Our conversation didn’t go very well. Somehow, I managed to stammer out the necessary words on a long distance phone call. “You fucking slut,” he said after I broke the news. Despite the fact that he had never gotten tested, he was sure that he had no STIs and, moreover, was convinced that I had given him not only herpes, but probably HIV, too. He demanded that I tell him how many people I’d slept with in the weeks since we broke up, as if this would somehow explain how I’d managed to contract the infection. I told him that that wasn’t necessary for him to know, and he told me he should have realized from the start how trashy I was and that I never deserved to be with him, along with a barrage of other insults. In that moment, I had my suspicions that he was right about everything. How dare I put his health in danger like that? I told him I was sorry for getting herpes and meant it, although now I see that he was just a dick. I hung up, relieved that the conversation was over, but anxious about the ones to come: Please don’t tell that rude dude, but, Rookie readers, I will divulge the following to you: I had sex with three other people in the herpes danger zone, so I had three more calls to make from Club Herpes HQ (everywhere I go, technically).
Dude #1: A high school boyfriend, with whom I had recently begun having mindless sexual escapades. He did not respond to my voicemail, so I eventually texted him about my situation. “I have herpes. You should get tested.” I thought that was pretty easy line of reasoning to follow. I never received a response.
Dude #2: My best guy friend, with whom I had recently had mindless sexual escapades. This was definitely a phone-call situation. We engaged in mindless small talk for a moment: “Heyyyy!” “Heyyyy!” “What’s up?” “Aw, you know”…until my brain couldn’t take the suspense any longer. “HeyIhaveherpes, youshouldgogettested, youprobablydon’thaveitanyway, butyoushouldgogettestedbecauseuhOKyeah.” I stammered out out the relevant details of my situation: when I’d been diagnosed, and the fact that I wasn’t super-positive if it came from him.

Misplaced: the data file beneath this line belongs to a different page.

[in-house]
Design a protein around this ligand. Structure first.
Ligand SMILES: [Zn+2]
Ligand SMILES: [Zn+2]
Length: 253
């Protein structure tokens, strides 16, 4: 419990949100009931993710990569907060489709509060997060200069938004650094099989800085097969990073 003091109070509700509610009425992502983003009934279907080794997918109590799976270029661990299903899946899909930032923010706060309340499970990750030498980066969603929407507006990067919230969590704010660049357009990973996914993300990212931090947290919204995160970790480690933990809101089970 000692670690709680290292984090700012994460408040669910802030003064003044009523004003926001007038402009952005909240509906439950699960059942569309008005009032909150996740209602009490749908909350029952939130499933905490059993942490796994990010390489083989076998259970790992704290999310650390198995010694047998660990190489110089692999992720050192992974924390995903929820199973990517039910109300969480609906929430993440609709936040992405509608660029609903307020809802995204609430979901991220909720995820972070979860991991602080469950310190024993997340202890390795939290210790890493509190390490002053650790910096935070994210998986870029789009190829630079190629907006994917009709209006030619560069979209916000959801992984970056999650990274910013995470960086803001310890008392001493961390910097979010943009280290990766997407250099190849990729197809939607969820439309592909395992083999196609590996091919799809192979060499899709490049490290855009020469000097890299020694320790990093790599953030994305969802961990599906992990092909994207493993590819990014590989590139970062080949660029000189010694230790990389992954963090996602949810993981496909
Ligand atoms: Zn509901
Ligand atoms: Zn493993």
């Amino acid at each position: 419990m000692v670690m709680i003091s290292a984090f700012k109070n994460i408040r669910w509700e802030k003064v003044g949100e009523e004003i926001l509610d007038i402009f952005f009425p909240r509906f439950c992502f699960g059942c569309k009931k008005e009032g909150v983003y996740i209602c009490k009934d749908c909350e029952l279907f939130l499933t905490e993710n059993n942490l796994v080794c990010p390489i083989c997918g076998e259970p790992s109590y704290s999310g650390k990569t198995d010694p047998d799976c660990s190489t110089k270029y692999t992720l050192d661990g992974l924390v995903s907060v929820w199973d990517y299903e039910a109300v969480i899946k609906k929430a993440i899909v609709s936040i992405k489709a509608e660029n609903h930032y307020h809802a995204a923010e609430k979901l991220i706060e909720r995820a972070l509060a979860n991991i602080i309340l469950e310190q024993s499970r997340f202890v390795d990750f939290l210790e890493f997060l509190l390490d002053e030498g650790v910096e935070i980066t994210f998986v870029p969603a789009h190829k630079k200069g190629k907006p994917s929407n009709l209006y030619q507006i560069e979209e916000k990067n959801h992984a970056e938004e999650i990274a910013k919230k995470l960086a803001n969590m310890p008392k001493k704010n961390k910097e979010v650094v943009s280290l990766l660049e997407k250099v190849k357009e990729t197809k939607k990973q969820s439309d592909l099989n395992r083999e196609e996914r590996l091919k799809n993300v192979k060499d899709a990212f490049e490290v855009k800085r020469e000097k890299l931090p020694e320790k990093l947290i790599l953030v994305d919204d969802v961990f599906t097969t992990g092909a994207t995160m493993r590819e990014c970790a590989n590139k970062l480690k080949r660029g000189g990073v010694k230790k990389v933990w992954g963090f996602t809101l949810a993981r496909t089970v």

I girded myself for the worst. His first words were, “Are you OK?” He wanted to know how I was doing?? I started sobbing and said it was hard, but that I would be, which suddenly seemed truer than it had since my diagnosis—not everyone was as awful as 1980s Frat Dick! My friend proved this further by comforting me and telling me that it was going to be all right. He called me a week later to let me know that his test results had came out negative.
Dude #3: Actually…I didn’t make this phone call. This gentleman was a friend of a friend whom I met at a party. When I took him home, he was such an ass to me that I didn’t want to talk to him, and I mainly feel bad about the other people his potentially viral self had sex with after. HEY: Please do not do this. You should always disclose to your partners your STD status unless doing so could put you in actual danger, and the guilt I still feel about this choice is proof. This guy deserved to know his health status as much as any non-ass person!